Minister of Culture Shih Che (??) on Friday evening gave a surprise to the attendees at the 2023 Taipei International Book Exhibition with a special reading of a work by Taiwanese writer Lin Da-yang (???).
Shih’s reading to approximately 200 attendees was not previously planned, making the recently sworn-in minister one of eight guests who shared literary works at the one-night-only reading event, “Listening to the Different.”
Shih read a few paragraphs from Lin’s article, “A room with a Snow View (??????),” which portrays the mixed feelings of joy and bitterness of a creator.
Shih later told the event host and professor Lee Ming-tsung (???) in a brief conversation that he wished to use Lin’s work to express gratitude to all writers.
“The words carefully sifted by writers through a lonely creative process eventually enable readers to reflect upon their own lives,” Shih said.
Shih also noted that Lin is a young writer from Kaohsiung, where the culture minister had served as deputy mayor for more than two years before being appointed to the Cabinet on Tuesday.
In addition to Shih, eight other guests also gave readings of poems or texts of their own choice in their native language, including Polish poet Marzanna Bogumila Kielar, Indigenous singer-songwriter Suming Rupi (???), and Taiwanese sign language anchor Sue Wang (???).
The Polish poet, who is also a philosophy professor, shared an extract of her poem “Nawigacje (Navigation).” The piece uses water, which exists in different forms and can be used for irrigation, as a metaphor for poems.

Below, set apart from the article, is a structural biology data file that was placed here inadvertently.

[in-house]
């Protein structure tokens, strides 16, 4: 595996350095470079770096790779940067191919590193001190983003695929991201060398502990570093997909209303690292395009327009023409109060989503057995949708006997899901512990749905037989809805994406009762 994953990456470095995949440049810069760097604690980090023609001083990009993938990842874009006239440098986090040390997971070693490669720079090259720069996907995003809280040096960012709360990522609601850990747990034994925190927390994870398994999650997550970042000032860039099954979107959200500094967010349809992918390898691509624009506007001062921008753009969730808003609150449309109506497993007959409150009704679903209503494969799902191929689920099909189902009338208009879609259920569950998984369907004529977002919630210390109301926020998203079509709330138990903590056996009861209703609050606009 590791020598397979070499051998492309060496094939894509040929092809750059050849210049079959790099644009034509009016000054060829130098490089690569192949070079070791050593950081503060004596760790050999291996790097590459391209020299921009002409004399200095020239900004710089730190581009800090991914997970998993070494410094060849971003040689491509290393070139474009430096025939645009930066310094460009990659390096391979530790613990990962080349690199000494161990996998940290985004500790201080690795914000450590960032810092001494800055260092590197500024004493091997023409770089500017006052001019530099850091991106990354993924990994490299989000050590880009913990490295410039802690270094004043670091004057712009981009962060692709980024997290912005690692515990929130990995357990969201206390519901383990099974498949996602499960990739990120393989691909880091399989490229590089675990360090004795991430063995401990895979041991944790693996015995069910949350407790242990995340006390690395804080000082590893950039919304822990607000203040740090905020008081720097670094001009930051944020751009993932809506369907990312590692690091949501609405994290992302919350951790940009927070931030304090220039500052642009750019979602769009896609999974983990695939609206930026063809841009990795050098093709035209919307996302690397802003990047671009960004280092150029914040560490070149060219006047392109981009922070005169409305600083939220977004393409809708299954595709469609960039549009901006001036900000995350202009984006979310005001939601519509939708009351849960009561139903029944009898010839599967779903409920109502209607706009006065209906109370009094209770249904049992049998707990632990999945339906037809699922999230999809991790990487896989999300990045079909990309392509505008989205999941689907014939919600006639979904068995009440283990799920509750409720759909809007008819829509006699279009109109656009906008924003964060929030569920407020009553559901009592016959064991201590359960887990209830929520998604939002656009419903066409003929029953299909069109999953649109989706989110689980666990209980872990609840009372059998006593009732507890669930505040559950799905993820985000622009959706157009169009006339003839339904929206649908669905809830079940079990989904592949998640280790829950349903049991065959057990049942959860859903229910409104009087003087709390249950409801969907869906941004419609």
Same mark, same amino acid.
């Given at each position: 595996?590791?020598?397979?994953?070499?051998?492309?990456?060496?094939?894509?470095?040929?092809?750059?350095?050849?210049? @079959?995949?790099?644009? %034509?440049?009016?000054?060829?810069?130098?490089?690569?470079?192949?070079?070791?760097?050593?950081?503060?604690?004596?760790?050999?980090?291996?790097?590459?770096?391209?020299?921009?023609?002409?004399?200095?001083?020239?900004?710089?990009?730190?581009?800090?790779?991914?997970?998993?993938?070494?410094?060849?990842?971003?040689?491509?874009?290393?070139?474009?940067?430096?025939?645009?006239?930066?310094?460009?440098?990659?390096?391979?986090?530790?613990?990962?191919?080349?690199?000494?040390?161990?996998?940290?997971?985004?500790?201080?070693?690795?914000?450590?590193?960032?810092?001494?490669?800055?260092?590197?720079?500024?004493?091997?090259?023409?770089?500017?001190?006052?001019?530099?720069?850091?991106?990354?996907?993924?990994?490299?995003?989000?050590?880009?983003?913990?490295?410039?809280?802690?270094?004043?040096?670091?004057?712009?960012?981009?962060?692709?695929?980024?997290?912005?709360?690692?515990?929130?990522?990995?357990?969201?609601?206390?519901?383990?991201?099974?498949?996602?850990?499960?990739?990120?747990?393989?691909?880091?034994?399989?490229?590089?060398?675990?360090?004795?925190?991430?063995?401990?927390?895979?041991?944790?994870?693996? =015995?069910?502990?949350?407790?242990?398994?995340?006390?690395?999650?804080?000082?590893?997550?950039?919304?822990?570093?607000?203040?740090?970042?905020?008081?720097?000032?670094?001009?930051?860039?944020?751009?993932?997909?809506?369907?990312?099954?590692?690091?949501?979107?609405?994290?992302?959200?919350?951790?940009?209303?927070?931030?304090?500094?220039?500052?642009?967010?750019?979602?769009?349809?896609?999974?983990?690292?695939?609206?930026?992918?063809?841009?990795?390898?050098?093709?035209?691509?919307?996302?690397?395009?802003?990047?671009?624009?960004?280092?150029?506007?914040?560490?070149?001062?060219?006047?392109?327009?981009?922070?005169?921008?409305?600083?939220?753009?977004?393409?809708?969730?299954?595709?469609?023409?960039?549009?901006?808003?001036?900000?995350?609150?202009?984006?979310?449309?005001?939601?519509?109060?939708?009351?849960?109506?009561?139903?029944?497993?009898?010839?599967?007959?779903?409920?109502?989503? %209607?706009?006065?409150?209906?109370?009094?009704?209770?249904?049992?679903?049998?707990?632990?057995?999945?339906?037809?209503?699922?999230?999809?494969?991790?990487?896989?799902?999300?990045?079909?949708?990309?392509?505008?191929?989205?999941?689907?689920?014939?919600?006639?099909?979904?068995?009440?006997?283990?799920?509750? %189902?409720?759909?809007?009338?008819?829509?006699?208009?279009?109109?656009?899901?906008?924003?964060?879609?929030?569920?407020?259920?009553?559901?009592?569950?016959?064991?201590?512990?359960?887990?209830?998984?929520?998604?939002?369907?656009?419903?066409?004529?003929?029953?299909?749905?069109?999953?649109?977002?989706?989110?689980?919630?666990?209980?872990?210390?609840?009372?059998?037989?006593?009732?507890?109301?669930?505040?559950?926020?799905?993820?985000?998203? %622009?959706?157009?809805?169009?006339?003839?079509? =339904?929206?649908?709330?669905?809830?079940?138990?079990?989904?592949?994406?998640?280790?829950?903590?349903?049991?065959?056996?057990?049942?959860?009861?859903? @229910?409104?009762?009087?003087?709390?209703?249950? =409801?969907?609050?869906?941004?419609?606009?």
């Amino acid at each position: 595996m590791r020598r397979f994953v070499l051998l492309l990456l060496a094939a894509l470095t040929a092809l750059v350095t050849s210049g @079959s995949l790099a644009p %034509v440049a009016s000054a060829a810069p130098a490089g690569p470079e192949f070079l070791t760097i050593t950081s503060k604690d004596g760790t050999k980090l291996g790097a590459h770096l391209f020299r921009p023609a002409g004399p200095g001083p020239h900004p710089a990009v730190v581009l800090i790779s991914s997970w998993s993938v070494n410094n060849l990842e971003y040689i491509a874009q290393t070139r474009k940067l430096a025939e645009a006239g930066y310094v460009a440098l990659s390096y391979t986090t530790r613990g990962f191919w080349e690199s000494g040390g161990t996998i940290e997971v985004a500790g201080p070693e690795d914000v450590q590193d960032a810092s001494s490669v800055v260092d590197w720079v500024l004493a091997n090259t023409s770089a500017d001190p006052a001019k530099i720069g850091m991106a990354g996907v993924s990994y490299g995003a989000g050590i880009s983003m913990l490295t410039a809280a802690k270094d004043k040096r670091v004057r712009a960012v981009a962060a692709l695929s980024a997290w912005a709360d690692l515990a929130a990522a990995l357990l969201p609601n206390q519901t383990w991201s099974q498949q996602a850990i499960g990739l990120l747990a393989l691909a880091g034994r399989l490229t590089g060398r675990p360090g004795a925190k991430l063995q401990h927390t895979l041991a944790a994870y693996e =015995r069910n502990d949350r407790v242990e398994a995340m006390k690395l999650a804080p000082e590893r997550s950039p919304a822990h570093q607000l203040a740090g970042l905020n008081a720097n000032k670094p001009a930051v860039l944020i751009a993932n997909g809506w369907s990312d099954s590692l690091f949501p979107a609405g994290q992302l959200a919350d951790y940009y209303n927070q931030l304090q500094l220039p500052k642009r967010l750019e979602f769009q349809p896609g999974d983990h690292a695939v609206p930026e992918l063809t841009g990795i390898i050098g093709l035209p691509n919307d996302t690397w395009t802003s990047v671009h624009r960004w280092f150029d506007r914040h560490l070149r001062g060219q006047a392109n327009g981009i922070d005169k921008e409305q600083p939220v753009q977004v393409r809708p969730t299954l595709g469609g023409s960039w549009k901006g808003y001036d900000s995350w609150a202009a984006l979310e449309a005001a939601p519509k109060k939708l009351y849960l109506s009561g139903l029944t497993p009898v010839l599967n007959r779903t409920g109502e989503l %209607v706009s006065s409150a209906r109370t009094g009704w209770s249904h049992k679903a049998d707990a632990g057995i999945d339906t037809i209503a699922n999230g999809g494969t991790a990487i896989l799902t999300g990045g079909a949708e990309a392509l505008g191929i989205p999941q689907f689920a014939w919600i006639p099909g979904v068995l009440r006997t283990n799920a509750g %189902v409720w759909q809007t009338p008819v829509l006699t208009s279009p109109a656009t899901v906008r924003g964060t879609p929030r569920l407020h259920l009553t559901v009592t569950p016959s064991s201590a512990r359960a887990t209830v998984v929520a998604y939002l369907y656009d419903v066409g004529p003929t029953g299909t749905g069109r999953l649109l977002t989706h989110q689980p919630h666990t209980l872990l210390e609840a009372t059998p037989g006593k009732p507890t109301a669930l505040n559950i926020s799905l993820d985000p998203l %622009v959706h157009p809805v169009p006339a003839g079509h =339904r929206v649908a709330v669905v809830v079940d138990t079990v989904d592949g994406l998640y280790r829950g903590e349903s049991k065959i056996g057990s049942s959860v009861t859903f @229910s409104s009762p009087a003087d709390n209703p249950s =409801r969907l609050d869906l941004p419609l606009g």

Wang, an anchor of a news program in sign language at the public broadcaster Public Television Service (PTS), shared a chapter of her book “I See Voice” (?????).
Wang, whose hearing was seriously impaired at the age of three due to an illness, began her career in entertainment as a fashion model after graduating from college.
The chapter shared by Wang, 52, described her first experience working in Japan as a model and how she managed to communicate with her agent – who did not understand sign language or Chinese – using various hand and body movements.
Meanwhile, Taiwanese writer Gustave Cheng (???) gave a reading of three short poems written in Taiwanese – “Questions and Answers (??), “Busy Everyday (???),” and “I am Going to Leave (?????)” – that portray the birth, growth, and aging of people.
Cheng, who has dedicated his career to promoting spoken and written Taiwanese, described the life of a person as a passenger going on a journey by train, with the scenery they see during the trip being the different experiences in their life.
The event was wrapped up with the reading by Suming Rupi of the lyrics of two of his Amis-language songs, which urge people to move forward despite hardships in life.
The reading event aimed to encourage the attendees to appreciate various cultures by listening to literary texts in different languages, according to Lee, who is known for hosting the PTS’s award-winning television program, “See You at the Market.”
While the attendees might need textual translations to understand what each guest said, they could still grasp the beauty of different languages by simply listening to the guests’ voices and rhythms, Lee added.
Source: Focus Taiwan News Channel